Understanding addiction and its link to negative emotion
Despite human technology’s great medical advancement, the power to totally cure a person of addiction continues to elude scientists. This is evident by the fact that each year, the number of drug addicts, and worse still, the number of relapse cases, continues to rise in Malaysia.
“The main problem curing addiction begin with the difficulty of addicted individuals to break their addiction habits,” said Dr Satoshi Ogawa, lecturer of Physiology in Monash University Malaysia.
“Regardless of whether it is food addiction, internet addiction, sex addiction, drug addiction or smoking addiction, it is basically the same and addiction shares a common pathway,” he said.
To find a way to help addicts recover, one must first have a firm understanding of the mechanisms that lead to their addictions, said Dr Ogawa.
“When a person is exposed to something that he or she likes, such as food or sex and so on, the neurotransmitter, dopamine release in the brain’s pleasure centre, which makes people feel happy. Addictive drugs alter this motivational system,” he explained.
“All drugs of abuse, from nicotine to heroin, cause a particularly powerful surge of dopamine, so even without any of those “happy triggers”, dopamine levels will increase so it’s an instant way to feel good. Also, with drugs, the sensation is much more robust and heightened. This creates the addiction pathway.”
Dr Ogawa’s research is focused on the increasing occurrence of relapse cases for addicts who have stopped using drugs for a period of time, only to return to their old habits.
“For these former addicts, they no longer need the drugs as it has been out of their system for some time, but they will likely return to drug use. So why do they go back to drugs?”
Dr Ogawa’s research led him to focus on negative emotionality such as anxiety, sadness and fear triggered by exposure to stressful stimuli as one of the possible reasons for a relapse into drug-seeking behaviour. Dr Ogawa was keen to discover the link between the emotional stress and addiction.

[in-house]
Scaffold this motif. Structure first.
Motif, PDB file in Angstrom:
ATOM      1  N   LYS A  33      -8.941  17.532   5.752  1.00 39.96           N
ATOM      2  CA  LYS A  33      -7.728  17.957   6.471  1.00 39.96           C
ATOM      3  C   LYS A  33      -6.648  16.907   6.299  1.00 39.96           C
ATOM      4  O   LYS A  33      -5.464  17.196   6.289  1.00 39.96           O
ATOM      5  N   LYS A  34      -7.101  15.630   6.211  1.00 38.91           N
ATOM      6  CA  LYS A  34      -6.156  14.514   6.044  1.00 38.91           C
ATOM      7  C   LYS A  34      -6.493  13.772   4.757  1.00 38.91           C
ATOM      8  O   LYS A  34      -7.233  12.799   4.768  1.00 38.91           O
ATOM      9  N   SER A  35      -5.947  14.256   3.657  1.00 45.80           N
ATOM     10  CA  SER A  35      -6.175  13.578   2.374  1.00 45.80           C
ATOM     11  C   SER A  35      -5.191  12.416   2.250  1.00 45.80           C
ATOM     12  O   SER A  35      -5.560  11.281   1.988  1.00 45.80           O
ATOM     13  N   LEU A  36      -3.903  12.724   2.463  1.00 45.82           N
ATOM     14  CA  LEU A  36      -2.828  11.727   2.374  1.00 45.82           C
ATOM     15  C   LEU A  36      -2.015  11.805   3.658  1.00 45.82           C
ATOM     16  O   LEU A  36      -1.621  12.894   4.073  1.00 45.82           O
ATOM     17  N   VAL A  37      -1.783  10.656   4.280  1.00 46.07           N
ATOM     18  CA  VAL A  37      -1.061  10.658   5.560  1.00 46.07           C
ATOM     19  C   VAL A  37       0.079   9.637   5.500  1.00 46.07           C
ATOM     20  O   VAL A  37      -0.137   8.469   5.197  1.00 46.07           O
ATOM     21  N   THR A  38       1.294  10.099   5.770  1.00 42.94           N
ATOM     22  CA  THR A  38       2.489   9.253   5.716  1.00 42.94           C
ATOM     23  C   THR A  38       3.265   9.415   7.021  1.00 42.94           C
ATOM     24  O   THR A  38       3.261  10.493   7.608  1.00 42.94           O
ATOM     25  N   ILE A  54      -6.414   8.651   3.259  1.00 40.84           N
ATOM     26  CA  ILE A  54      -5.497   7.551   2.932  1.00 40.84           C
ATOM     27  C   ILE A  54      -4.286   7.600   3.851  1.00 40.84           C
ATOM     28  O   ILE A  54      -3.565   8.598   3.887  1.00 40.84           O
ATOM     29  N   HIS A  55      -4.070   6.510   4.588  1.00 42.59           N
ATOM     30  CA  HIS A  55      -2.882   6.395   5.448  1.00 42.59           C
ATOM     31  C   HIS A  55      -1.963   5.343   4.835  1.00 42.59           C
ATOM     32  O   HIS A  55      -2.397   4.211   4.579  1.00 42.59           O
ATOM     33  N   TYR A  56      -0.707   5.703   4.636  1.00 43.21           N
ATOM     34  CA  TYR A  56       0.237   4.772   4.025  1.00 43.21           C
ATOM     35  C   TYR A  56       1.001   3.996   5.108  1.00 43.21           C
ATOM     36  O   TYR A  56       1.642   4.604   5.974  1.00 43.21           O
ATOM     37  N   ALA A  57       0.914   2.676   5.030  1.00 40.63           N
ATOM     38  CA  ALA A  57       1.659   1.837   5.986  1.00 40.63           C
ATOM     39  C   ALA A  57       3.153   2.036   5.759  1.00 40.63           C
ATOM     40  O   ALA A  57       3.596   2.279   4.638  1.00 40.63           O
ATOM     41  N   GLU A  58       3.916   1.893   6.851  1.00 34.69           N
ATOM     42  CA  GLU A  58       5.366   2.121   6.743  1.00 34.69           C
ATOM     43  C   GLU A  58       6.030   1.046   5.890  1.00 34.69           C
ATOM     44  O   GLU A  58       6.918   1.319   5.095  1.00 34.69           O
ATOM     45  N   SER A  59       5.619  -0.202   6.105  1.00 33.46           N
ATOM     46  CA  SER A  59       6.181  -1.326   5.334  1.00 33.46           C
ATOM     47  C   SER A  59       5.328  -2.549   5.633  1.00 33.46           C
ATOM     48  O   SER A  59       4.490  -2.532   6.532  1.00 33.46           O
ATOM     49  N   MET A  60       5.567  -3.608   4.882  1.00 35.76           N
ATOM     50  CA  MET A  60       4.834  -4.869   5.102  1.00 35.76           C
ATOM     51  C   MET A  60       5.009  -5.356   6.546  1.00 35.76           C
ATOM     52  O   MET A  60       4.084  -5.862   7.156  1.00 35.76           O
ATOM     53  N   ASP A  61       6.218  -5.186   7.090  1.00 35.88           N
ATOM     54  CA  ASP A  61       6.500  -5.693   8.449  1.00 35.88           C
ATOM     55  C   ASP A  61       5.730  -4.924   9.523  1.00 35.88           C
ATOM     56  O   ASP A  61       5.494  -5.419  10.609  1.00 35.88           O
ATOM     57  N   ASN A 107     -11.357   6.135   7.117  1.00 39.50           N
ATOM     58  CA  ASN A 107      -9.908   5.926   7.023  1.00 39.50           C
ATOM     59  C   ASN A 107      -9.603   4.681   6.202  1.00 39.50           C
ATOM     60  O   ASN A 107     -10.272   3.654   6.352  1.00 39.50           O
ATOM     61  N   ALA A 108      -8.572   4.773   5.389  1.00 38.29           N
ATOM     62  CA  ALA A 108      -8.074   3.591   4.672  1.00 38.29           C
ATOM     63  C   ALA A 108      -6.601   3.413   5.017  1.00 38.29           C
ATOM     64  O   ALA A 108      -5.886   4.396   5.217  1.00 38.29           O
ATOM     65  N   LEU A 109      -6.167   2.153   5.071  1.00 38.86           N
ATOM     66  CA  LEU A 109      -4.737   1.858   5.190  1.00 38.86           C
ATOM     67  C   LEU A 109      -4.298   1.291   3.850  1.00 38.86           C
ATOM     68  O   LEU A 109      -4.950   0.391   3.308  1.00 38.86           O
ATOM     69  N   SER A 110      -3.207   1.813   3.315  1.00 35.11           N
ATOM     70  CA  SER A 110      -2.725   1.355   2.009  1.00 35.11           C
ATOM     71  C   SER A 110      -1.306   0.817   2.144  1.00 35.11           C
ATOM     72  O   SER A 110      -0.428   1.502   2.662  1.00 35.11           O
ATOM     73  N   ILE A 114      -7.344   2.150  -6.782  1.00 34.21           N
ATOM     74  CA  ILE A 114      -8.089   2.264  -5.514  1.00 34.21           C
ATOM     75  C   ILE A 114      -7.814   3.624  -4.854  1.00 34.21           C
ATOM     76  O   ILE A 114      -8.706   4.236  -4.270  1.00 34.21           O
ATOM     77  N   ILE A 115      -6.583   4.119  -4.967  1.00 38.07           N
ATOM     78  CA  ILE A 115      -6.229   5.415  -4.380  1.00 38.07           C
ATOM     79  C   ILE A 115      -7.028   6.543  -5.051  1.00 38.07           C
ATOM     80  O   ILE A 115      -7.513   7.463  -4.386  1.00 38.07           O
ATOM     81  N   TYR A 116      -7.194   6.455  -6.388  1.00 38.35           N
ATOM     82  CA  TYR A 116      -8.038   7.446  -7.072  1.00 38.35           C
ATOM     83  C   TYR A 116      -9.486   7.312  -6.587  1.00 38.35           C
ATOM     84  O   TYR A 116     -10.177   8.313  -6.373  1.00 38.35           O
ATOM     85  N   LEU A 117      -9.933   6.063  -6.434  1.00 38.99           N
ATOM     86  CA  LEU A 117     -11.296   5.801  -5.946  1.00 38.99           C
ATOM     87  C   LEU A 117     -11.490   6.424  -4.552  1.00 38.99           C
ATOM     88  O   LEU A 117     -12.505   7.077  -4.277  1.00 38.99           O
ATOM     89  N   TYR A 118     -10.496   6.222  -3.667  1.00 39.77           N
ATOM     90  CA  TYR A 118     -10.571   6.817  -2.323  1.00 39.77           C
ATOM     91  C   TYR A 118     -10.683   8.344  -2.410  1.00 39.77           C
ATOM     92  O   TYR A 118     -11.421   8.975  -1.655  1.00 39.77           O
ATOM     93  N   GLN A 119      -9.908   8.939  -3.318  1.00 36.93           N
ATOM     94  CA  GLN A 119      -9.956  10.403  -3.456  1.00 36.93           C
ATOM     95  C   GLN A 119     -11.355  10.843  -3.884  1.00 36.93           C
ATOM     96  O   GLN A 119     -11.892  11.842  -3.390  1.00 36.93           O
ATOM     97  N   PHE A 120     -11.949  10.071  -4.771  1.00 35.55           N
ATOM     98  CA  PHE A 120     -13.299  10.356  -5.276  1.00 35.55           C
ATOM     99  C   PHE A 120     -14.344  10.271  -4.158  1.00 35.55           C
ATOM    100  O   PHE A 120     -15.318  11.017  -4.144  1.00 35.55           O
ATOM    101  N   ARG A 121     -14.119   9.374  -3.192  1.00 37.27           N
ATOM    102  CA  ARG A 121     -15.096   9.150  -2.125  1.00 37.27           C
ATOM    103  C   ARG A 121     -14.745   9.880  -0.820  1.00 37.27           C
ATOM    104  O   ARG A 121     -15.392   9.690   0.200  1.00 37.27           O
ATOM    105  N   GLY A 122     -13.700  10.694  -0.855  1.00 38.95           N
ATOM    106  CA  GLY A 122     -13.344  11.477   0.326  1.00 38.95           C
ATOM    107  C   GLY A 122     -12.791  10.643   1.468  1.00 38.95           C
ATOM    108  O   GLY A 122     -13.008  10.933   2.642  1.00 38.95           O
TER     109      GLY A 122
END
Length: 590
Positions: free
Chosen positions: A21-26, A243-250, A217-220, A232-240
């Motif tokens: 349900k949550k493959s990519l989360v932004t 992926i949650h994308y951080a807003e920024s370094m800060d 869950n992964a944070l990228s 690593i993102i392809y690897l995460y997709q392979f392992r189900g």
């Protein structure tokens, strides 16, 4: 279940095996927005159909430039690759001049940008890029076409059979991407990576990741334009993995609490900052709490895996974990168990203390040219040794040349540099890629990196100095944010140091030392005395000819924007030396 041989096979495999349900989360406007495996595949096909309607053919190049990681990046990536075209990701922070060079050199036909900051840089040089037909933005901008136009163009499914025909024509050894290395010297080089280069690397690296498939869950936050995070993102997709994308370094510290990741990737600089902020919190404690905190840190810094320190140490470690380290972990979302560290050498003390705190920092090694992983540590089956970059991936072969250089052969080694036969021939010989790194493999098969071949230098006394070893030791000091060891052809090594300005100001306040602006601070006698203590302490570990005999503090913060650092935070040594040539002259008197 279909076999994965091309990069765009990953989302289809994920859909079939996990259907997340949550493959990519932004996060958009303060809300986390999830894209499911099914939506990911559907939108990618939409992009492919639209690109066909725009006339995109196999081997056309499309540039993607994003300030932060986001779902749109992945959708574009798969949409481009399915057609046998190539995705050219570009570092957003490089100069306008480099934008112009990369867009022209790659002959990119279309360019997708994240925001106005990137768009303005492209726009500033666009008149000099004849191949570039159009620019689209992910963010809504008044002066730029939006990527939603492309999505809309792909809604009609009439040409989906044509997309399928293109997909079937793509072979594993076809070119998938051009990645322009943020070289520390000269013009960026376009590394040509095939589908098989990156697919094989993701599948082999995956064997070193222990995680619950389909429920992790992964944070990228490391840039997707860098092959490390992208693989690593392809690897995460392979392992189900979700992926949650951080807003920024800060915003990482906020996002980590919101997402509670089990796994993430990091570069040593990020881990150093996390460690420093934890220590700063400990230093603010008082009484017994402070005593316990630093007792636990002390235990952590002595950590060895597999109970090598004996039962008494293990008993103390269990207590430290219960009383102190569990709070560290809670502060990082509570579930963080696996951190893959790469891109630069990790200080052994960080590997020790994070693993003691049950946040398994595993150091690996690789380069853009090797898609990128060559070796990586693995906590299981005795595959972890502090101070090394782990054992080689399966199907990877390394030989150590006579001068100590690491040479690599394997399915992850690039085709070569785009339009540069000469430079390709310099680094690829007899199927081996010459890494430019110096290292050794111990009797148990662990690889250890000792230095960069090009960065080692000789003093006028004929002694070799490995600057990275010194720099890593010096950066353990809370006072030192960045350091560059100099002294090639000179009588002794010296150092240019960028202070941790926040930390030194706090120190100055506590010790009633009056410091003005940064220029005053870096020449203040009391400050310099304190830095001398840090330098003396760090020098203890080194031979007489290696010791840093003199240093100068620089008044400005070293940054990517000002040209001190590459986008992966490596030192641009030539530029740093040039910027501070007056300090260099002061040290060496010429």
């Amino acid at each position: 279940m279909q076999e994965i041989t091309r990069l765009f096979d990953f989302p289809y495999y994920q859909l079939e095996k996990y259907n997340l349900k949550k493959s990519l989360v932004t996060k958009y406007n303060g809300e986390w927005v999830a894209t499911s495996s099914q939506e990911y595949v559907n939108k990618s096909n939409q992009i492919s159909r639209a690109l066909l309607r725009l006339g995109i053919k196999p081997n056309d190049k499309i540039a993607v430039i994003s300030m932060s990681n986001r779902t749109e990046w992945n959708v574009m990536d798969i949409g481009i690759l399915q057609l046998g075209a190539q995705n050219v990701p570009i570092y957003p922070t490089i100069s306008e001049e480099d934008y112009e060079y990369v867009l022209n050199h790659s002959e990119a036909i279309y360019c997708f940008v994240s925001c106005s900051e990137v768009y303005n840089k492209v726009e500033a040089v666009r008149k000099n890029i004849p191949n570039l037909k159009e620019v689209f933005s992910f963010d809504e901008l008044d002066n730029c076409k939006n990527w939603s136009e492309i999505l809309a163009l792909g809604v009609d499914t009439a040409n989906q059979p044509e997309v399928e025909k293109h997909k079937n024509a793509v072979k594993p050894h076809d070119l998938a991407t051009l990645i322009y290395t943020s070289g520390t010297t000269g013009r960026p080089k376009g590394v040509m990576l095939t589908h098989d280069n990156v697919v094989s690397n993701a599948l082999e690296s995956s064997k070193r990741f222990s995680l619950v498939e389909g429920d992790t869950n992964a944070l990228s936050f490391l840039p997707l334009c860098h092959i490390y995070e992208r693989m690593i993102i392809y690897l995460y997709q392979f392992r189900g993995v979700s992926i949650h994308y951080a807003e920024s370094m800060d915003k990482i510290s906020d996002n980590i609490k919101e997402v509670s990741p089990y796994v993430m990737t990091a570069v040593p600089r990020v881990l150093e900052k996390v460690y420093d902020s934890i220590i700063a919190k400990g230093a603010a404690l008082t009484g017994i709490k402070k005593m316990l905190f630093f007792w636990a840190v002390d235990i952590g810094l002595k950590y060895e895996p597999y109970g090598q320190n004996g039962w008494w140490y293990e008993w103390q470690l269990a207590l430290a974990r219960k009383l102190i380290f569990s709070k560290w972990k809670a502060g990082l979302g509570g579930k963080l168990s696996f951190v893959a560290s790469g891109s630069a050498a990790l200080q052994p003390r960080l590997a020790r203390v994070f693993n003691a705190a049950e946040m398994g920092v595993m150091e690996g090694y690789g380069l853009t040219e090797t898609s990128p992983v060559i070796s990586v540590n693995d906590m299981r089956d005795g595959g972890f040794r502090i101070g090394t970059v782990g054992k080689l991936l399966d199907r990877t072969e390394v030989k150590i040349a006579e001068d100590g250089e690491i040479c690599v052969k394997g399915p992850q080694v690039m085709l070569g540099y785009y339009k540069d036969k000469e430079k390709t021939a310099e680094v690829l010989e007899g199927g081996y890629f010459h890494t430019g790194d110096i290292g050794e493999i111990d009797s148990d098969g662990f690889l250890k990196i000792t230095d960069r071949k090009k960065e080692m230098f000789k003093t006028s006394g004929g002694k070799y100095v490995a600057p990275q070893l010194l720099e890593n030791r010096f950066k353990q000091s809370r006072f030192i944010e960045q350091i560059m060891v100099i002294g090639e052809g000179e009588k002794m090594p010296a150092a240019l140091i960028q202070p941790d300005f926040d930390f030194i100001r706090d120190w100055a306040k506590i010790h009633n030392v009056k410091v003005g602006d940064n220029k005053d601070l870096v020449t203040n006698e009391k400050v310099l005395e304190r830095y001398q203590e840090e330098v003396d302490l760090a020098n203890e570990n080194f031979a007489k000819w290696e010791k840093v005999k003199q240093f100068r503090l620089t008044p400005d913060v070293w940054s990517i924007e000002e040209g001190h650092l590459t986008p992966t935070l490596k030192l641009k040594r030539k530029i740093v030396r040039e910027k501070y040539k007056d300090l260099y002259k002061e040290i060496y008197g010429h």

Dr Ogawa has been focusing on the habenula, an evolutionarily conserved old brain structure.
“The habenula is known to play a major role in controlling serotonin, the neurotransmitter that plays key roles in the regulation of emotions, such as fear, anxiety, and depression. In addition, the habenula neurons also signal to dopamine neurons when no reward is expected. Therefore, the habenula could be an important brain region linking negative emotions and addiction process.”
His foray into studying neural circuits linking negative emotions and addiction first kicked off years ago when he embarked on a research into the role of a specialised molecule called kisspeptin, in reproduction.
In the course of his research, Dr Ogawa discovered the potential role of kisspeptin and its receptor, Kiss-R in modulation of serotonin system in his fish models.
“Since the existence of Kiss-R in the habenula is also noted in mammalian brain, our finding suggests that the role of kisspeptin signalling in serotonin modulation could be evolutionarily conserved in vertebrates.”
“Our team was the first to ever discover the role of kisspeptin in non-reproductive function, and this discovery impacts many studies into human emotions,” he said.
His team is currently trying to understand the potential role of the kisspeptin in the dopaminergic system and its potential role in addiction.
Dr Ogawa said understanding of the potential role of kisspeptin system in addiction would be useful to understand the neural circuitry mediating drug abuse and emotional stress.
“If kisspeptin has been proven to be a mediator linking negative emotion and drug addiction, kisspeptin would be useful therapeutic agent/target for drug addiction through alteration of drug withdrawal associated with drug motivation,” he said.
Dr Ogawa, who obtained his PhD in Physiology from Nippon Medical School in Japan, said he believes his research into the role of kisspeptin and other molecules in the habenular will undoubtedly result in many more surprising discoveries.
Dr. Ogawa currently works with two research staff, four PhD and two Masters students. He has recently initiated a collaborative project with researchers abroad such as Singapore and Japan to generate transgenic zebrafish that allows them to visualize whole-brain neural activity in real-time.
“There will be many things we can do with the discovery of pathways, and our ultimate aim will be to use our findings for improving the quality of life,” he said.